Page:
While the country was on the verge of coming out of the second coronavirus lockdown, some shopkeepers in Tel Aviv were saying it’s too late for them.
Business owners on Jaffa Street, where there are numerous textile and clothing firms, blocked traffic and burned merchandise in protest against the government’s handling of the economic crisis.
Protesters shouted, “You’re killing us” and held signs reading “we’re all closing our businesses,” and other angry messages, according to media reports.
The coronavirus cabinet reportedly decided to lift some restrictions on businesses starting Sunday, many will not be able to reopen due to financial losses already incurred during the lockdowns.
“We have a collection of dresses that’s just going in the trash,” one owner told Channel 12 news.
“Now the winter collection is coming, the money is gone, the workers are home, we have small kids at home, we have workers. The bank is calling for answers, what are we supposed to tell them? There’s nothing we can do with the merchandise.”
“The government has no conscience and it is dragging us into a severe economic crisis. People are not able to get through the month and they do not allow us to earn a decent living. Without an organized plan we will simply collapse – we have nothing to lose anymore so we go to war for our lives and the lives of our families,” Shimon, a textile salesman from Holon was quoted as saying by Ynet.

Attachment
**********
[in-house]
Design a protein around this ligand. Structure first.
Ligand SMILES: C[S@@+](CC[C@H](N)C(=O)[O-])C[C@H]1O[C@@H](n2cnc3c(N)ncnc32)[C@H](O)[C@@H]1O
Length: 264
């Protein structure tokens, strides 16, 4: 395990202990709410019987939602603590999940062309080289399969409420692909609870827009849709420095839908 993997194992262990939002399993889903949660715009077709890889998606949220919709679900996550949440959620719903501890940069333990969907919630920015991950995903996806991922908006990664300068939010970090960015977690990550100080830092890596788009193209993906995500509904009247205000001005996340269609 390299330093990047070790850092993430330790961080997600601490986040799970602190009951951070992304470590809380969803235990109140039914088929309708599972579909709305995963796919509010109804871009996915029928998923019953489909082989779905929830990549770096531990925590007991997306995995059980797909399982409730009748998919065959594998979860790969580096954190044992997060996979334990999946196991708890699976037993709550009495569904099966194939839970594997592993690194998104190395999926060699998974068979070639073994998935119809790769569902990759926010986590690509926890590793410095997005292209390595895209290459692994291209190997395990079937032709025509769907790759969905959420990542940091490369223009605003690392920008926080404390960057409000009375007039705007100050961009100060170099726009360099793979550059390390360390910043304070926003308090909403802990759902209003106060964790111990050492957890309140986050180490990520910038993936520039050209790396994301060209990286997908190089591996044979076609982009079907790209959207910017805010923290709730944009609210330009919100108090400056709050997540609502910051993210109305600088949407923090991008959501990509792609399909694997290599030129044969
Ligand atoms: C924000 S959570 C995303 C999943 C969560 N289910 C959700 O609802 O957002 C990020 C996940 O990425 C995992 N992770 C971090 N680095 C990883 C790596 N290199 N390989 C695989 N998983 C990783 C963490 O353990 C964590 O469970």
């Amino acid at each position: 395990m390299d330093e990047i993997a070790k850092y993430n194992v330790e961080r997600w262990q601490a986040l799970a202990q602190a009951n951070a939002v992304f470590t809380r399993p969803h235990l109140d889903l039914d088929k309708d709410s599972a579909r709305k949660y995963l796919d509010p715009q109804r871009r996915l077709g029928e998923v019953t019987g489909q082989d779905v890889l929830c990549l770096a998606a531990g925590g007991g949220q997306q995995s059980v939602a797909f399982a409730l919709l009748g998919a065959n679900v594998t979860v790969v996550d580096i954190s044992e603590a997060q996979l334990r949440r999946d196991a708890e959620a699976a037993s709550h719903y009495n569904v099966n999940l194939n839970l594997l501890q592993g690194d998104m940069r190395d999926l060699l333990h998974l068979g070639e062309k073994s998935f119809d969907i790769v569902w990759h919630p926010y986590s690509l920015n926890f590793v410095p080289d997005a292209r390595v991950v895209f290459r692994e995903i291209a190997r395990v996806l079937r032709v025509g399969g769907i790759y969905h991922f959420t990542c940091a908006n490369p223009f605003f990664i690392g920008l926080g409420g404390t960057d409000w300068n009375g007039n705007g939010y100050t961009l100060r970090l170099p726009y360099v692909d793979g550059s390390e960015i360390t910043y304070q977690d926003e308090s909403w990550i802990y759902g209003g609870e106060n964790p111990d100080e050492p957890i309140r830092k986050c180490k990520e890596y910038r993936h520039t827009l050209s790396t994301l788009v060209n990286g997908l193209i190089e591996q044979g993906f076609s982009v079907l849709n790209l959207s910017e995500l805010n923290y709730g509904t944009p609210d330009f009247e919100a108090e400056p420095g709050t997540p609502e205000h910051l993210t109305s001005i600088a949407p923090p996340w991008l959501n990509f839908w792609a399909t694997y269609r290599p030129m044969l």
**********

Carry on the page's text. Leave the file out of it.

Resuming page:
Roi Cohen, president of LAHAV, the Israel Chamber of Independent Organizations and Businesses, asked why green cities were remaining closed if 60% of the country is green.
“People here are collapsing, people have no money to bring home, to support their families,” said Cohen to Ynet. “The State of Israel must stop with this collective punishment of full closure. The closure policy harms the economy, society, the psyche – all the factors that create stress and tension and ultimately harm health.”
Cohen added that outlets such as Max Stock and supermarkets have begun selling clothes and toys and are profiting from the closure of smaller businesses during the lockdown.
“The businesses that are demonstrating today are not asking for alms or favors, they want to work,” said the chairman of the lobby for small and medium businesses in the Knesset, MK Oded Forer, to Ynet.
“The government is not acting in accordance with common sense and not in accordance with the data emerging from the field. As evidence, even when I asked Gamzu yesterday, along with dozens of other self-employed people, why the streetside shops were closed, he did not have a clear answer. These sights are difficult and only show the growing despair of small businesses.”